Although only 33 patients completed the study at month 9 or 9.5 (month 9.5 was an optional safety visit), 3 patients performed the final month 9 visit, albeit earlier than scheduled. Moreover, provision was made for the 9 patients who discontinued the study early due to an AE at least possibly related to the study treatment: the LOCF technique was applied to account for these patients. Therefore, 45 patients were assessed at Month 9 (2 of them did not have any post-baseline diary data so that number is limited to 43 for all diary variables).
Physician Global Assessment – Response to Treatment.— Between 68% and 83% of patients showed at least a slight improvement (25%) in migraine at each of the month 1, 3, 6, and 9 assessments for both the onabotulinumtoxinA and topiramate groups (Fig. 3). Most patients in both groups reported moderate to marked improvements at all time points. No significant differences between the onabotulinumtoxinA and topiramate groups were noted, except for the percentage of patients reporting marked improvement at the month 9 assessment (27.3% vs 60.9% for the onabotulinumtoxinA and topiramate groups, respectively; P = .0234, chi-square). However, the final onabotulinumtoxinA/placebo injection occurred at month 3, while topiramate/oral placebo treatment continued through study end.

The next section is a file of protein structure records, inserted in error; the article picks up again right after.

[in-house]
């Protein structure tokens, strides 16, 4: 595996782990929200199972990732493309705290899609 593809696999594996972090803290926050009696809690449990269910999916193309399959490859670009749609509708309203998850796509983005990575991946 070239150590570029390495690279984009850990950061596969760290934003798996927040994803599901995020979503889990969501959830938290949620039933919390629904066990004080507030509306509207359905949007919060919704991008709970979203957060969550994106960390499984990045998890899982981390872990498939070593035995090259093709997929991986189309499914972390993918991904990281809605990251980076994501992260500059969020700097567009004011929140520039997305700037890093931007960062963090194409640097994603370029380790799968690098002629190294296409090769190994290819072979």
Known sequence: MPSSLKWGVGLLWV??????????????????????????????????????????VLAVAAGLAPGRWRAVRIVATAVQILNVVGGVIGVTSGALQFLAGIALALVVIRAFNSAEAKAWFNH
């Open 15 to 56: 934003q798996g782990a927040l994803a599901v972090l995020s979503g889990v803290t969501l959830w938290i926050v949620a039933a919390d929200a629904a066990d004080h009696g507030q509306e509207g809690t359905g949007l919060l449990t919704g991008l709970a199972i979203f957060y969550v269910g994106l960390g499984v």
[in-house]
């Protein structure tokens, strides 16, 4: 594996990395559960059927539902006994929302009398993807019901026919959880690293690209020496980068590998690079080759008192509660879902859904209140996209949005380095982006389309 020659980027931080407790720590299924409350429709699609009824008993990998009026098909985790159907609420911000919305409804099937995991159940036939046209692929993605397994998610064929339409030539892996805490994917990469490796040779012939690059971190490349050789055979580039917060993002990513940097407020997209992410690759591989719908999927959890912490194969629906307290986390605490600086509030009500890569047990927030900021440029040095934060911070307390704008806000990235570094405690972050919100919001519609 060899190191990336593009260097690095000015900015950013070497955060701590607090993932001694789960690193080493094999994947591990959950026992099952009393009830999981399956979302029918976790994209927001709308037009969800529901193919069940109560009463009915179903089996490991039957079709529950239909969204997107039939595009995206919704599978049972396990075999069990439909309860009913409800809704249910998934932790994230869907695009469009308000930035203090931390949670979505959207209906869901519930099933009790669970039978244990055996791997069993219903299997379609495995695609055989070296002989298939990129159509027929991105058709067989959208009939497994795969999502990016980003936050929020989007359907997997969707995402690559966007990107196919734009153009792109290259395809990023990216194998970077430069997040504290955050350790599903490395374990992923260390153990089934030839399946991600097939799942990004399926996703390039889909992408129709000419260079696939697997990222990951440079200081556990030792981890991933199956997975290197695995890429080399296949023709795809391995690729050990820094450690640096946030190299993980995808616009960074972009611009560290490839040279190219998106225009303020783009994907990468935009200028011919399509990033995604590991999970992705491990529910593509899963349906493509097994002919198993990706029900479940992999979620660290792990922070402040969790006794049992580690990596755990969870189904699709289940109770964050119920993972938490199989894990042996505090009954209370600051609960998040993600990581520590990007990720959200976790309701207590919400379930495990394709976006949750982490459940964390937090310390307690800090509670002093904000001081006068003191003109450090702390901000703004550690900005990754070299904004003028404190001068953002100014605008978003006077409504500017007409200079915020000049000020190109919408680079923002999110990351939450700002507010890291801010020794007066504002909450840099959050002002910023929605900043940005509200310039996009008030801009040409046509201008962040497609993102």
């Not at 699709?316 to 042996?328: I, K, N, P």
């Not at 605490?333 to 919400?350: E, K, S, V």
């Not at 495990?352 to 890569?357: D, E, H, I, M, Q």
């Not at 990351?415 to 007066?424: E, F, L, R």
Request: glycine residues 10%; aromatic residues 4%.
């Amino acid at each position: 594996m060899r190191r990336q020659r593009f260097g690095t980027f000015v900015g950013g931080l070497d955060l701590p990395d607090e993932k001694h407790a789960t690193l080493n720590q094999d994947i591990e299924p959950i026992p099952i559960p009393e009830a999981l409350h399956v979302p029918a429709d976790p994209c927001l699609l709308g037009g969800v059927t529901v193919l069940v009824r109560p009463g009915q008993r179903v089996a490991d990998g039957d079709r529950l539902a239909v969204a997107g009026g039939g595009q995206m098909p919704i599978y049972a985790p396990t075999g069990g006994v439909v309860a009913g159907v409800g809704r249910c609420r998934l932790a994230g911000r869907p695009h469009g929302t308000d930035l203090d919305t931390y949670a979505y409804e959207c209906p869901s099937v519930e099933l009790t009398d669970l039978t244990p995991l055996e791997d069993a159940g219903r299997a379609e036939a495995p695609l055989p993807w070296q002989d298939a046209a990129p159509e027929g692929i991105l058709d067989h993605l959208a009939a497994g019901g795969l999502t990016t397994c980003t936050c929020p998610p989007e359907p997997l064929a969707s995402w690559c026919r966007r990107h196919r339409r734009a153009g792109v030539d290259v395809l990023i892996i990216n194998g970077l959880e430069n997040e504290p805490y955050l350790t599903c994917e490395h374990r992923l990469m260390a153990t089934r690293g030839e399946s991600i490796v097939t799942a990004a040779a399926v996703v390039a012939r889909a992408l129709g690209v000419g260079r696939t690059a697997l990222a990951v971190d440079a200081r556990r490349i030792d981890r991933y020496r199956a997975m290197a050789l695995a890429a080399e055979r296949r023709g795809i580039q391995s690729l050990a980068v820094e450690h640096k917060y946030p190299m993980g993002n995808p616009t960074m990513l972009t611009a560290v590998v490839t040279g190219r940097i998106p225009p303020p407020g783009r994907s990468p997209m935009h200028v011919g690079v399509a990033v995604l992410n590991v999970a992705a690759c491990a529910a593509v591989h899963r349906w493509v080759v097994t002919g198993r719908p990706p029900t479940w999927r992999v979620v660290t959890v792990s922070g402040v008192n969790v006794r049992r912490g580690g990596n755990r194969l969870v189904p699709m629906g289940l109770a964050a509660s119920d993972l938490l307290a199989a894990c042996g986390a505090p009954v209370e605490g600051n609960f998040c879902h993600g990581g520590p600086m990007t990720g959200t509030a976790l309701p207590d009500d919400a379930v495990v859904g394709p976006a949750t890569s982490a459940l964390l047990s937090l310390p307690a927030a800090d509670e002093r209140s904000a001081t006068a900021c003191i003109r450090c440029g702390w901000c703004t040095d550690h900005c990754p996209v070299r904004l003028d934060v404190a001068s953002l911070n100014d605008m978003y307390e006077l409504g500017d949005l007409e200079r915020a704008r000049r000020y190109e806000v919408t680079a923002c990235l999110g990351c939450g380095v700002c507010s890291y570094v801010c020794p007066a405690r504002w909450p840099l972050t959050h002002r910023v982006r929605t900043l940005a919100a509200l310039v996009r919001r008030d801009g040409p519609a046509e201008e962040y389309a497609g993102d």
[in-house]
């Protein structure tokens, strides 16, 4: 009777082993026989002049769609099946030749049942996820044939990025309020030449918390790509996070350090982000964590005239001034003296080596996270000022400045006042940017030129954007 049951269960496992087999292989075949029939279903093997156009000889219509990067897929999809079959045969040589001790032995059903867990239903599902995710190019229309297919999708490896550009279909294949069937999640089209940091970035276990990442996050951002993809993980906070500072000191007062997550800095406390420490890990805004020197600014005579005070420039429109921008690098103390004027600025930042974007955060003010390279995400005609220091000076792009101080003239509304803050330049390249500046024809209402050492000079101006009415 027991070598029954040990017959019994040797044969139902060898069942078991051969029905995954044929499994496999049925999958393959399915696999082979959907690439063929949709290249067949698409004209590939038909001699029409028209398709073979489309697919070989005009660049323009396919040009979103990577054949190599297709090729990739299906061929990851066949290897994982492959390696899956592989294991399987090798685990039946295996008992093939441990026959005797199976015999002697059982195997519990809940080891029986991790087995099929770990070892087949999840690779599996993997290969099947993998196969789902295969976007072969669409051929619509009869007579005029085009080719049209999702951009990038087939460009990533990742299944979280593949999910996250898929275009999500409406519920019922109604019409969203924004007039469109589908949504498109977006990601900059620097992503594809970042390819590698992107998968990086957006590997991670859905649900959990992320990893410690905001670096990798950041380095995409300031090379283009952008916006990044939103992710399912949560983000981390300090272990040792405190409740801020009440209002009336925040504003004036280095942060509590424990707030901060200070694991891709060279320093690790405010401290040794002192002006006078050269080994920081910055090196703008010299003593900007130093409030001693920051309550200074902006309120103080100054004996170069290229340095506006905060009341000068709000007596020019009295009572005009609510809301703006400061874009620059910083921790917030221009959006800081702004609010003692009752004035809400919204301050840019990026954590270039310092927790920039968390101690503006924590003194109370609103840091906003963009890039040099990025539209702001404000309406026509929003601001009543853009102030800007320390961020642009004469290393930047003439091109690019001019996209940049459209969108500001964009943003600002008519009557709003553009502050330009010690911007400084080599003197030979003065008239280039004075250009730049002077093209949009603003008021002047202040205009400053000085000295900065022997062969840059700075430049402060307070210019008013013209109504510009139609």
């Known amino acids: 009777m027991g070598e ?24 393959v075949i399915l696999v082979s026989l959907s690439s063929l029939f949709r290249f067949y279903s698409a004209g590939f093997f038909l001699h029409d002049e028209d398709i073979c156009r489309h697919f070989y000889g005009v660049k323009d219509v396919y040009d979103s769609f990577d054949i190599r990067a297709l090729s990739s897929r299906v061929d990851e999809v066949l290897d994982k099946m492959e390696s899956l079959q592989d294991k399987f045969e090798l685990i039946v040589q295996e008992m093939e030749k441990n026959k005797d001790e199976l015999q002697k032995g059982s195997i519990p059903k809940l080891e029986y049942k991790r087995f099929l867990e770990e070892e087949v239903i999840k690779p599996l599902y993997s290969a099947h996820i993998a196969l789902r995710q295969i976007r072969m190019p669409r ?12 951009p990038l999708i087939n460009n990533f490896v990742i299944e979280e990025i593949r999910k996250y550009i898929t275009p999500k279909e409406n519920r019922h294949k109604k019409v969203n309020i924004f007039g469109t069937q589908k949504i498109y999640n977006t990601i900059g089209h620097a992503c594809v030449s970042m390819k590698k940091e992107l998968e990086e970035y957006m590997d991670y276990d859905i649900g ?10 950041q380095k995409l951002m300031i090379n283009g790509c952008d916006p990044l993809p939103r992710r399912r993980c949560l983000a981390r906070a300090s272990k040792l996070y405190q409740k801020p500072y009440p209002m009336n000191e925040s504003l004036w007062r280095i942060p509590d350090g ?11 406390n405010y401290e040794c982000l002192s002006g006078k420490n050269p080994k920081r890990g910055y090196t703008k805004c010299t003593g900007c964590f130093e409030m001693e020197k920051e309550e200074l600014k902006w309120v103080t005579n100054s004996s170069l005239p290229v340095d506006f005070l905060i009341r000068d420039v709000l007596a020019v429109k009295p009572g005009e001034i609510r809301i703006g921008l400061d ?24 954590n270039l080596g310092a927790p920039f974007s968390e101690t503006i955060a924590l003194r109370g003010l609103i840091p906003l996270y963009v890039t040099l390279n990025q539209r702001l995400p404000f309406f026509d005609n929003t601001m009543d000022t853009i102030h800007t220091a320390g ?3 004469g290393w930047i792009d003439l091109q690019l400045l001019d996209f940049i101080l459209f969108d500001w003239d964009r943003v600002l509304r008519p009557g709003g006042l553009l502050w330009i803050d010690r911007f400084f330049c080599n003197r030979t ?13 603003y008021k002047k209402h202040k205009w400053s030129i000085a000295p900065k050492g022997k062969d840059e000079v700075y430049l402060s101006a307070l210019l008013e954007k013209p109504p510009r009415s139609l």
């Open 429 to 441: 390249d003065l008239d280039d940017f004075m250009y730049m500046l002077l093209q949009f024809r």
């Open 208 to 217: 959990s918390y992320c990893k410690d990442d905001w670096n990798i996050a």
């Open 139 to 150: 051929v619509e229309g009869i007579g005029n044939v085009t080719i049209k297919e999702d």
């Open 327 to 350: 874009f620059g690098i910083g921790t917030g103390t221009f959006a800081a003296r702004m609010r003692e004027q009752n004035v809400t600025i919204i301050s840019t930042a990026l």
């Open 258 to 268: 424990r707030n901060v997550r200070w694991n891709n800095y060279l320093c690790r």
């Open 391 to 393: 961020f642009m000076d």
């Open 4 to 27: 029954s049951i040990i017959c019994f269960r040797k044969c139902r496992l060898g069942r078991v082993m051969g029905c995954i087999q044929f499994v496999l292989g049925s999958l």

Headache/Migraine Days, Headache/Migraine-Free Days, Average Headache/Migraine Severity.— At baseline (day 0), patients in the onabotulinumtoxinA group reported 15.6 ± 7.0 HA/migraine days and patients in the topiramate group reported 15.5 ± 7.2 HA/migraine days. The number of HA/migraine days decreased for patients in both the onabotulinumtoxinA and topiramate groups, with no differences between groups noted (Fig. 4). At month 3, 10/26 (38.5%) and 5/22 (22.7%), month 6, 14/24 (58.3%) and 7/22 (31.8%), month 9, 9/22 (40.9%), and 9/21 (42.9%) patients in the onabotulinumtoxinA and topiramate groups, respectively, reported ≥50% reduction in HA/migraine days. HA/migraine-free days/30 days increased at months 3, 6, and 9 by 5.3 ± 4.7, 7.4 ± 5.7, and 5.2 ± 5.9 days from baseline for patients in the onabotulinumtoxinA group and by 4.2 ± 5.5, 5.3 ± 4.9, and 5.8 ± 6.5 days from baseline for patients in the topiramate group, respectively (P < .001 for both groups vs baseline, t-test). The average severity of HA/migraine, measured on a 5-point scale, with 5 being severe and 1 being mild, decreased at months 3, 6, and 9 by 0.20 ± 0.46, 0.09 ± 0.50, 0.23 ± 0.49 points from a baseline of 2.87 ± 0.83 for patients receiving onabotulinumtoxinA (P = .0466 vs baseline at month 3, P = .4023 vs baseline at month 6, and P = .0513, borderline significance vs baseline at month 9, t-test) and by 0.37 ± 0.78, 0.50 ± 0.79, and 0.44 ± 0.77 points from a baseline of 2.82 ± 0.71 for patients receiving topiramate, respectively (P = .0506 borderline significance vs baseline at month 3, P = .0128 vs baseline at month 6, and P = .03 vs baseline at month 9, t-test).